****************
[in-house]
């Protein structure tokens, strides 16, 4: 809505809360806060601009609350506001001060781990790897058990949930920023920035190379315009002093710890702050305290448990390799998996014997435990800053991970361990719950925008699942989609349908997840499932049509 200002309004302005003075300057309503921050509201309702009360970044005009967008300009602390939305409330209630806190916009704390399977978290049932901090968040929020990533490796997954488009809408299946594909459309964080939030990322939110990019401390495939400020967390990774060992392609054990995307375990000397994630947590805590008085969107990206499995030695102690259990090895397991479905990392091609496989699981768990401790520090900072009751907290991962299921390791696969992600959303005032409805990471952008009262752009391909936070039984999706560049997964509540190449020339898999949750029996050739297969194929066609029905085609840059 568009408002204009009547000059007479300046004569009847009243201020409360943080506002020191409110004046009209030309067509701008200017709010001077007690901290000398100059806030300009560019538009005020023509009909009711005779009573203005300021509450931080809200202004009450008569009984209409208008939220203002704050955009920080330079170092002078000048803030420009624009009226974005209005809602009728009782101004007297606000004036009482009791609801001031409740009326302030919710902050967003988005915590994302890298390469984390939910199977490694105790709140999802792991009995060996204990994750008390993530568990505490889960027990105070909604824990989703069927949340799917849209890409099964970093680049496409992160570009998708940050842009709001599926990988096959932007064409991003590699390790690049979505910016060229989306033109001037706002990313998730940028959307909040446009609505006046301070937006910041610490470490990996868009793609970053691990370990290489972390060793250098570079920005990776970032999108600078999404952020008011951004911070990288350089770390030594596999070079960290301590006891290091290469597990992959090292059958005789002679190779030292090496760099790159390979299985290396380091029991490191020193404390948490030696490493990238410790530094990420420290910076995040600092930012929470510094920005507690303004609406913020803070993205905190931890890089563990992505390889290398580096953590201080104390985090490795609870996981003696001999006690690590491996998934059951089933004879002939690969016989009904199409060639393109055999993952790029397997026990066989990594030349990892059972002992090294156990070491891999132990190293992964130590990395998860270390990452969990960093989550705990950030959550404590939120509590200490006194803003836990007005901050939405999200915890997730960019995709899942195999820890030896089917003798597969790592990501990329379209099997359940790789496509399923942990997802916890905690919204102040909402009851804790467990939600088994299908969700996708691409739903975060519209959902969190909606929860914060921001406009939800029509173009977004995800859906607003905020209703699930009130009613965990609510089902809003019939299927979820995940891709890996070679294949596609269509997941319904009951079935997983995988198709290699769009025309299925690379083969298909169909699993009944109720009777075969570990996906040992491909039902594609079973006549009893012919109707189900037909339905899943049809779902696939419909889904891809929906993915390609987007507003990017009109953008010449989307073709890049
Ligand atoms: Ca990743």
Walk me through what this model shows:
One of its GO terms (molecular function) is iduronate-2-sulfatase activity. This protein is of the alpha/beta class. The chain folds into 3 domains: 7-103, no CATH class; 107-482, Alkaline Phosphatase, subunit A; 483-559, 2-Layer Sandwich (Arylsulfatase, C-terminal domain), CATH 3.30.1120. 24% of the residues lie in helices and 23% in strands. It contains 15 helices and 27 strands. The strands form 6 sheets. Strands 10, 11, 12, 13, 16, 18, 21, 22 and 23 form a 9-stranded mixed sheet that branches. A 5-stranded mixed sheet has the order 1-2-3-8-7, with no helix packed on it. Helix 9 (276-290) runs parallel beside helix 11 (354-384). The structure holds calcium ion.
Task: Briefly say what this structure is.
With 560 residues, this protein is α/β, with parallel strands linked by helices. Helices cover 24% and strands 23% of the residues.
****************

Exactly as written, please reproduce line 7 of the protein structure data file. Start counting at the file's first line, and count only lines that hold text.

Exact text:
With 560 residues, this protein is α/β, with parallel strands linked by helices. Helices cover 24% and strands 23% of the residues.